In 1797 the French invaded. Their shortlived, and pretty disorganised, incursion onto British soil is the last time anybody gained a foothold on the British mainland. The site of their attack was Fishguard on the southwest tip of Wales and today it is pretty much only in Fishguard that anybody remembers it. In 1993 somebody had the idea to put tell the story in the style of Bayeux tapestry and, amazingly, such a thing was done and finished in time for the 200th anniversary. Today, 215 years on from the day the combined forces of Irish republicanism, Revolutionary France and grumpy South Carolinans was repelled by a hastily assembled regiment under Lord Cawdor and landowner William Knox, the tapestry resides on floor one of the Fishguard Public Library, Town Hall, Tourist Information Centre and all other things municipal space.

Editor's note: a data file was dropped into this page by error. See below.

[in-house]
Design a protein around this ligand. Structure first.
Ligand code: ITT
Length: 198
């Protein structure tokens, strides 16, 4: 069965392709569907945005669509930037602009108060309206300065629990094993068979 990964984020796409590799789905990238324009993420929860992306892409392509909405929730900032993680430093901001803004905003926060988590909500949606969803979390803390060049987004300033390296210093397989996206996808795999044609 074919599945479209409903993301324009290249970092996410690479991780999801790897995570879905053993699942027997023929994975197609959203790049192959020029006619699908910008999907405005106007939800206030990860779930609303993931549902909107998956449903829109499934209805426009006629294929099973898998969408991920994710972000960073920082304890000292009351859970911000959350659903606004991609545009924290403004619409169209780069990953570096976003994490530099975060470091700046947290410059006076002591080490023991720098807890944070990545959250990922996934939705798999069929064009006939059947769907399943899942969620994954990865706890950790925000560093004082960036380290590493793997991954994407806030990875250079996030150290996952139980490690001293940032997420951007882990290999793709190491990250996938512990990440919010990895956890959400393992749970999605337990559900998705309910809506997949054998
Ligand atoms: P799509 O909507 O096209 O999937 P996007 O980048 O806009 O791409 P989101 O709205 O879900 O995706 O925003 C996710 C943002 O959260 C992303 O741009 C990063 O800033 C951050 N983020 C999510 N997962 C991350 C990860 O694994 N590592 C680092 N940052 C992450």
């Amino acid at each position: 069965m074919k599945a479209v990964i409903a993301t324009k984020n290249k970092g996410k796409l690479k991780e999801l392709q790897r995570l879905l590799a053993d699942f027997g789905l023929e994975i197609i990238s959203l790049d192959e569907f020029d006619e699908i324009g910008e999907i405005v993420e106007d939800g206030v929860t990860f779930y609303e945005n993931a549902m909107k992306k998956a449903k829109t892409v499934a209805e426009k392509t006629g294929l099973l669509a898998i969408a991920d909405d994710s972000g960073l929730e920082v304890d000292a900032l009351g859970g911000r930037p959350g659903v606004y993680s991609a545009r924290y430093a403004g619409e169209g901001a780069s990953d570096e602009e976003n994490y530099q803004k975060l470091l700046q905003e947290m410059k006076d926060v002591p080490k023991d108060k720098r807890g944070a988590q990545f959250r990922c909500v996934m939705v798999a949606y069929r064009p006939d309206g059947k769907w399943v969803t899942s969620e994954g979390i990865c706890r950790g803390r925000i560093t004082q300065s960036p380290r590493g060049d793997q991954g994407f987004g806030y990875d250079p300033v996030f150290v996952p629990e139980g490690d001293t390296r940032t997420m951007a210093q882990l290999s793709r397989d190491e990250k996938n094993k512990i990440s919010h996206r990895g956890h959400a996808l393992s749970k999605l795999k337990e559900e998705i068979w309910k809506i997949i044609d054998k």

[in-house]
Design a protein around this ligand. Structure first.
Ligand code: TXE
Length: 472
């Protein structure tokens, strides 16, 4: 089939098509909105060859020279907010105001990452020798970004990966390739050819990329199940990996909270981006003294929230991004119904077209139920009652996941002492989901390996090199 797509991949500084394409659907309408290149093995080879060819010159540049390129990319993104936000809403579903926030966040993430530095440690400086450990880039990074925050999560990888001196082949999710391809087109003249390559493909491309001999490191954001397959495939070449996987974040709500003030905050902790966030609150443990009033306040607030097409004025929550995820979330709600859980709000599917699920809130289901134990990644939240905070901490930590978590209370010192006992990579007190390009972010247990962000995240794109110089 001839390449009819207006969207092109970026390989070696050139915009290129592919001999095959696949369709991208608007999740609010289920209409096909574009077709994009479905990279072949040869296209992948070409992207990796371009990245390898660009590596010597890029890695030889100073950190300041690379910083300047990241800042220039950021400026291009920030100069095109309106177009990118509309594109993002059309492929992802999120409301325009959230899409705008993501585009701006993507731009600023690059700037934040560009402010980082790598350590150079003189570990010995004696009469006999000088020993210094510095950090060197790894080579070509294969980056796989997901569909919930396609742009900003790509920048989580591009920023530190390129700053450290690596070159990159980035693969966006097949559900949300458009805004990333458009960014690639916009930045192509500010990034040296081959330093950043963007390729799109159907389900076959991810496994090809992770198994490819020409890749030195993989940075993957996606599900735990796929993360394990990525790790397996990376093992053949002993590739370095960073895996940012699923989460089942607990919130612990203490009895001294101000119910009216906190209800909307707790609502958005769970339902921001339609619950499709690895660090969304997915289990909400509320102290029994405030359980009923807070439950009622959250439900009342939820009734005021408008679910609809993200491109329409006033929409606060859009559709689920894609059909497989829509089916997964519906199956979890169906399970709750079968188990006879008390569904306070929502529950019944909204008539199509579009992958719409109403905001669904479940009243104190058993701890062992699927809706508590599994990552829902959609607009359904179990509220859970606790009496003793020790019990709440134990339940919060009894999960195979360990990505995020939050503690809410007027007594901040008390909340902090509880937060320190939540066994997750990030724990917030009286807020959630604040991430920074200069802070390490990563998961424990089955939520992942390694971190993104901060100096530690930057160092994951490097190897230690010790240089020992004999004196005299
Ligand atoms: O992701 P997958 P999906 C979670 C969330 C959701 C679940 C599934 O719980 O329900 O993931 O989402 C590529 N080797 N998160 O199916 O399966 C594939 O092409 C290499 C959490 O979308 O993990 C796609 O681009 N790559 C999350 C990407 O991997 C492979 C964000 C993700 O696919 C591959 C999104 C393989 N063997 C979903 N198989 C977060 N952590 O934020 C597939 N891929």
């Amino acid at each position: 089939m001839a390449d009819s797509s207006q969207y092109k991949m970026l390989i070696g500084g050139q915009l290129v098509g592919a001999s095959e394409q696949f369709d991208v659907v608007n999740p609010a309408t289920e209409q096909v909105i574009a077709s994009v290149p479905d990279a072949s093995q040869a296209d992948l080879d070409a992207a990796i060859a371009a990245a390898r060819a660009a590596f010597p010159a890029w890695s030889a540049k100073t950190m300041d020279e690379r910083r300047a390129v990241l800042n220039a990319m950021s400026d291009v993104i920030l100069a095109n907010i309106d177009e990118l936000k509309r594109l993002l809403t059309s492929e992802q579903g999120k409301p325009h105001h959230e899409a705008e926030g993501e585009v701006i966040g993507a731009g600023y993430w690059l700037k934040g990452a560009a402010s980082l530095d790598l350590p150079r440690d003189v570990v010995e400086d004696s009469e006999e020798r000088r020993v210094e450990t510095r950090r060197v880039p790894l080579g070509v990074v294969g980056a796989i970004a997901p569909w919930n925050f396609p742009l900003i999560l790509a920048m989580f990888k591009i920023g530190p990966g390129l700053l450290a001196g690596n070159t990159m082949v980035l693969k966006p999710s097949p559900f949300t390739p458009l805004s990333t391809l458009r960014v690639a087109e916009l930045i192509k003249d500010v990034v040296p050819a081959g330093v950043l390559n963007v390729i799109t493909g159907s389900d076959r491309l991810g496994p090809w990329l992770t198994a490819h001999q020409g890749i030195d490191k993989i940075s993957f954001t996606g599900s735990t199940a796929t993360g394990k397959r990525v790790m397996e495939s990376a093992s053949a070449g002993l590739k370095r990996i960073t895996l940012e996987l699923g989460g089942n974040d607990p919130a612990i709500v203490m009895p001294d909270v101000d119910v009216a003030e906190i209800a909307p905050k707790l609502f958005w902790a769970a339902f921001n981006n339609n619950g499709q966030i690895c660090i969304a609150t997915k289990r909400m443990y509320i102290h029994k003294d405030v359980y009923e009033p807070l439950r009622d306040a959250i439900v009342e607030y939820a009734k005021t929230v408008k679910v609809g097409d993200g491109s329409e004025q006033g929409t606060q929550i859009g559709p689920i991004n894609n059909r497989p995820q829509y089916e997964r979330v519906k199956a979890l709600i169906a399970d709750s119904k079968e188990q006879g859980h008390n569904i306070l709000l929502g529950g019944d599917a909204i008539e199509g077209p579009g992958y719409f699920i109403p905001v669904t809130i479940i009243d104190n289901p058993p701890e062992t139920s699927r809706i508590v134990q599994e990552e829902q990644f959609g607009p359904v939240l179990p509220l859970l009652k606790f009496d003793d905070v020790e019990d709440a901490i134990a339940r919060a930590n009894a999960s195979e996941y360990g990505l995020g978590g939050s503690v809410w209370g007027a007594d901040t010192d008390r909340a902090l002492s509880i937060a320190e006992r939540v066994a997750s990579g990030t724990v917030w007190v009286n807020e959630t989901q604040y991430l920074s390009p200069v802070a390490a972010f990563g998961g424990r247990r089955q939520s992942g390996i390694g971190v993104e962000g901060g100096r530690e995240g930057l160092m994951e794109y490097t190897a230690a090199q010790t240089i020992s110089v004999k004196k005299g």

The drawings and stylisation was led by Elizabeth Cramp, a watercolourist who sadly died a couple of years ago but the work – stitching, stitching and more stitching – was undertaken by an army of local women. One of the women was on hand to talk enthusiastically about the creation of the tapestry and also fill in a bit of local colour about the invasion. There was also a steady flow of people walking in at first bemused and then entranced. This is local history energetically told and beautifully presented. The permanent space for the tapestry also features a whole host of artefacts, some explanatory boards telling the whole story – including the apparent surrender of the French force to Jemima Nicholas and her twelve angry women. There’s a nice video too.
It costs 50p to park all day in Fishguard. Entrance to the tapestry is free. You have no excuse.